Vail Daily Editor and Publisher Don Rogers: Tragedy’s legacy: Litigation
Vail, CO, Colorado
The avalanche that killed young Taft Conlin was terrible enough.
The aftermath promises to prolong the pain in an effort to apply lessons learned from the tragedy Jan. 22 on the front side of Vail Mountain, on the closed Upper Prima Cornice run.
Taft, 13, and a pack of other boys sidestepped from the open Lower Prima gate 120 feet into the danger zone. But they ducked no ropes to get there, and they report following a path in.
Authorities have declared that the ski company broke no rules and didn’t do anything wrong in its oversight of the mountain.
I’m sure they are right, but not so certain that’s the point.
Vail Resorts leaders naturally have parsed their words extremely carefully, which is understandable but led inexorably to the lawsuit the family recently filed.
A good, frank discussion – free of the attorneys – and commitment to some simple measures to improve in-bounds safety in the future might have kept this out of court.
Instead, practical legal advice to say as little as possible, admit nothing and carry on business as usual speaks to that bloodless body that’s become a modern archetype. And paved the way to litigation, depositions, perhaps even a trial.
Bloodless is part of the strict definition of a corporation, of course, but I know the actual people at Vail Resorts are not that way at all. They feel, as we all do, terrible about Taft’s tragedy and especially for his family and friends who miss him so.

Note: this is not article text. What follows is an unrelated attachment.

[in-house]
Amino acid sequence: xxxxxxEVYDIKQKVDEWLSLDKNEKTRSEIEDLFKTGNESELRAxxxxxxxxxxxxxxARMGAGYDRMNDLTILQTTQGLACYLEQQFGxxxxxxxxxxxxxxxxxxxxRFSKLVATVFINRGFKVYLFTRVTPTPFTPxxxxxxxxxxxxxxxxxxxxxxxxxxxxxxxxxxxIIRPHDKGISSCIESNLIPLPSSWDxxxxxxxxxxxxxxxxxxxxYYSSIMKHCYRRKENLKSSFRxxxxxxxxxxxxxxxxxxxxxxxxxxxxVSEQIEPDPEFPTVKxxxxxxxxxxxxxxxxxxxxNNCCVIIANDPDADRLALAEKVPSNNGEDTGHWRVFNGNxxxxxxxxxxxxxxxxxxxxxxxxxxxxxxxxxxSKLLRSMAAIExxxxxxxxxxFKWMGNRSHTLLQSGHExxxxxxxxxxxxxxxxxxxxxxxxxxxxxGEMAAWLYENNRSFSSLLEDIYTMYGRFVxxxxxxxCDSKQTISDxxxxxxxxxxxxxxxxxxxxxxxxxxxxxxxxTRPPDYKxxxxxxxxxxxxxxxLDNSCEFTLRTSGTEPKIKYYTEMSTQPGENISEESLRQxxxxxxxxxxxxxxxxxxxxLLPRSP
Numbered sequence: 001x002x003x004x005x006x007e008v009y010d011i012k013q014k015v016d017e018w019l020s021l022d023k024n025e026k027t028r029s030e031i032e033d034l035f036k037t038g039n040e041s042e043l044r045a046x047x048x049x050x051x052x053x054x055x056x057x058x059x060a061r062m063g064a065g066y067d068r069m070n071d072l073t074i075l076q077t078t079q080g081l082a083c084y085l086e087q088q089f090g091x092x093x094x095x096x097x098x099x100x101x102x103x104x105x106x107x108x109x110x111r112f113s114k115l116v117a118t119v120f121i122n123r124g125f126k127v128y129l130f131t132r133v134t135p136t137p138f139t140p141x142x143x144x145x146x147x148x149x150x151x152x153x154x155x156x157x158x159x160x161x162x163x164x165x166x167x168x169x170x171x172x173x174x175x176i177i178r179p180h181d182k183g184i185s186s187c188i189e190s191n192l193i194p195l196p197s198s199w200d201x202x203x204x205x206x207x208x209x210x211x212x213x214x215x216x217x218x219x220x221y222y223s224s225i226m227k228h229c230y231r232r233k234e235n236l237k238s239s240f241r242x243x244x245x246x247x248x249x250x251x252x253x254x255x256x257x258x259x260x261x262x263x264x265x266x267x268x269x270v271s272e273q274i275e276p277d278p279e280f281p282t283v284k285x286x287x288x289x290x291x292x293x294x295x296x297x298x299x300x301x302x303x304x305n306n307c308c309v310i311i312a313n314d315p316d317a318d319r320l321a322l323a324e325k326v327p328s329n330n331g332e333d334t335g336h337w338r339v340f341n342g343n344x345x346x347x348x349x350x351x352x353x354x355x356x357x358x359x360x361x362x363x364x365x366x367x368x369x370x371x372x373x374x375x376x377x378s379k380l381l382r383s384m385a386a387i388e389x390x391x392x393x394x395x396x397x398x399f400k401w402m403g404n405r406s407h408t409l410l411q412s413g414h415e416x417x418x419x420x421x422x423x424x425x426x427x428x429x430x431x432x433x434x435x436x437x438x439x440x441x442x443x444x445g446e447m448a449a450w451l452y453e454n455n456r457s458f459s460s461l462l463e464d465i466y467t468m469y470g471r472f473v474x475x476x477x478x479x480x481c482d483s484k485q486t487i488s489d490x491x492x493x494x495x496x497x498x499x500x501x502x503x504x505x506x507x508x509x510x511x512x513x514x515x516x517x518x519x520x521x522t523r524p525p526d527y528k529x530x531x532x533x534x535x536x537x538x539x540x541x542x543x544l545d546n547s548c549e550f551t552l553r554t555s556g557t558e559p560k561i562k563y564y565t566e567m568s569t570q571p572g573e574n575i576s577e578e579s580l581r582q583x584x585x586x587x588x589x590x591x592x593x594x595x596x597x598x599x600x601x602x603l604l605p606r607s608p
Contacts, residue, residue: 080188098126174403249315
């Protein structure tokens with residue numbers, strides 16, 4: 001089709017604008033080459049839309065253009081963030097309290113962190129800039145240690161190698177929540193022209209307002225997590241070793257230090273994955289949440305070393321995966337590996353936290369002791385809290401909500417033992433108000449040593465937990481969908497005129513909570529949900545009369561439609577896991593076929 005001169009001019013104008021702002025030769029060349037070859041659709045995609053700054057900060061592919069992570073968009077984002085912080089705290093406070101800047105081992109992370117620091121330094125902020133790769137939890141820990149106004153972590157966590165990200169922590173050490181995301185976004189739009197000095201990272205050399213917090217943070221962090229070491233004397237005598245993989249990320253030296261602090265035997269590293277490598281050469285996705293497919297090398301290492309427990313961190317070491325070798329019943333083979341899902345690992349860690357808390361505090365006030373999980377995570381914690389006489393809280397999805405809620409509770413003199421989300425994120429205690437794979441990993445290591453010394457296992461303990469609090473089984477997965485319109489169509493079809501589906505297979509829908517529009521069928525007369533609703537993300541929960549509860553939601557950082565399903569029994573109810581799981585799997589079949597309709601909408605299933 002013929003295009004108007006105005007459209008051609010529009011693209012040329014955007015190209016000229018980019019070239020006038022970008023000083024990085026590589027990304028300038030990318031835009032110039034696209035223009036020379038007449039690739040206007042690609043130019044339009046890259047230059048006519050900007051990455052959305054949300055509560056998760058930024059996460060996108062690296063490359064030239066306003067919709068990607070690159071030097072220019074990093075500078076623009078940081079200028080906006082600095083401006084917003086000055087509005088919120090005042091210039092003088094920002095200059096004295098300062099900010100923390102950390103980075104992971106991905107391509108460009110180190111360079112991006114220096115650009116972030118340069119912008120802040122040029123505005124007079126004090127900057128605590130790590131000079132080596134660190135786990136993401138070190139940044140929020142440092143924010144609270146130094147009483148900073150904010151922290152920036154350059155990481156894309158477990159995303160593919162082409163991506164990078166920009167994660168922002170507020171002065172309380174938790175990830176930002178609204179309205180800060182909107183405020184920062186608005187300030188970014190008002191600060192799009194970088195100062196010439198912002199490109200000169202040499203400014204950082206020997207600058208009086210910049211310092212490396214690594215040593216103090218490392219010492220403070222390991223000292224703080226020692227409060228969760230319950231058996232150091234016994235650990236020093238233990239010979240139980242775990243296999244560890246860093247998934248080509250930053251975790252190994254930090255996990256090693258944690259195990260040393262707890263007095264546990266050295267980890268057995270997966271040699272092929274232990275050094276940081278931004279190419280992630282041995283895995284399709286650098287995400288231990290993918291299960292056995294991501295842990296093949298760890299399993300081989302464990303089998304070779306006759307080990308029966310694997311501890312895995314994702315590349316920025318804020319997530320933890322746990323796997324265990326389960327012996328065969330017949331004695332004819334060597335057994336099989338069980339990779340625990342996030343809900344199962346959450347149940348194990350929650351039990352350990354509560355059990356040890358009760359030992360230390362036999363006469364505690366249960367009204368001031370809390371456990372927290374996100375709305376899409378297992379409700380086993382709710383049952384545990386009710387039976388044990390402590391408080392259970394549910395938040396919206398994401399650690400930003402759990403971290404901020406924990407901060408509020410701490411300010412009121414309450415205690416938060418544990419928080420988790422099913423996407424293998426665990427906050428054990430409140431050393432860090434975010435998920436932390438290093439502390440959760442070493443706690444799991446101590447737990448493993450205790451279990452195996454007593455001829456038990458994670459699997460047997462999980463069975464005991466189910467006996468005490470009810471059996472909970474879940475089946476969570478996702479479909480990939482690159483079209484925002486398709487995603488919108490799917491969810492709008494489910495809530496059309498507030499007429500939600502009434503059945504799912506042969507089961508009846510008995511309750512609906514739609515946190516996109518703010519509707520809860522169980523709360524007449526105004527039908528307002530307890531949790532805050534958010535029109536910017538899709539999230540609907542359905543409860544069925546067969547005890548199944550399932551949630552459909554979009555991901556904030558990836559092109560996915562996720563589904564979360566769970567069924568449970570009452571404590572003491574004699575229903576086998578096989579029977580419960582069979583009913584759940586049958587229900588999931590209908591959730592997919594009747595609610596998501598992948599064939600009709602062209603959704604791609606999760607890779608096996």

So I blame the lawyers, who are only doing their duty to mitigate the liability of their client. I blame our society that has devolved to a point that conversations that should happen as a matter of course too often wind up in courtrooms.
I understand that institutionally, trust is a wild card, and careful players must stick as closely as possible to the knowns. And so, Vail Resorts took the careful, conventional path to frankly the worst result.
They’ll likely prevail if this litigation winds up in a trial. But even so, the damage will be done with the public. How can it be otherwise with our modern parables?
I think this time Vail Resorts let their lawyers lead them astray while toeing the proper legal line. We have a similar drill when we face something potentially litigious. Nearly all companies do. It’s just prudent when some people view a lawsuit as a lottery jackpot.
Still, I dream of this settlement: Remove money considerations and have that real conversation and commitment to safety improvements.
Let there be some lining of good in Taft’s legacy.
Editor and Publisher Don Rogers can be reached at email@example.com or 970-748-2920.
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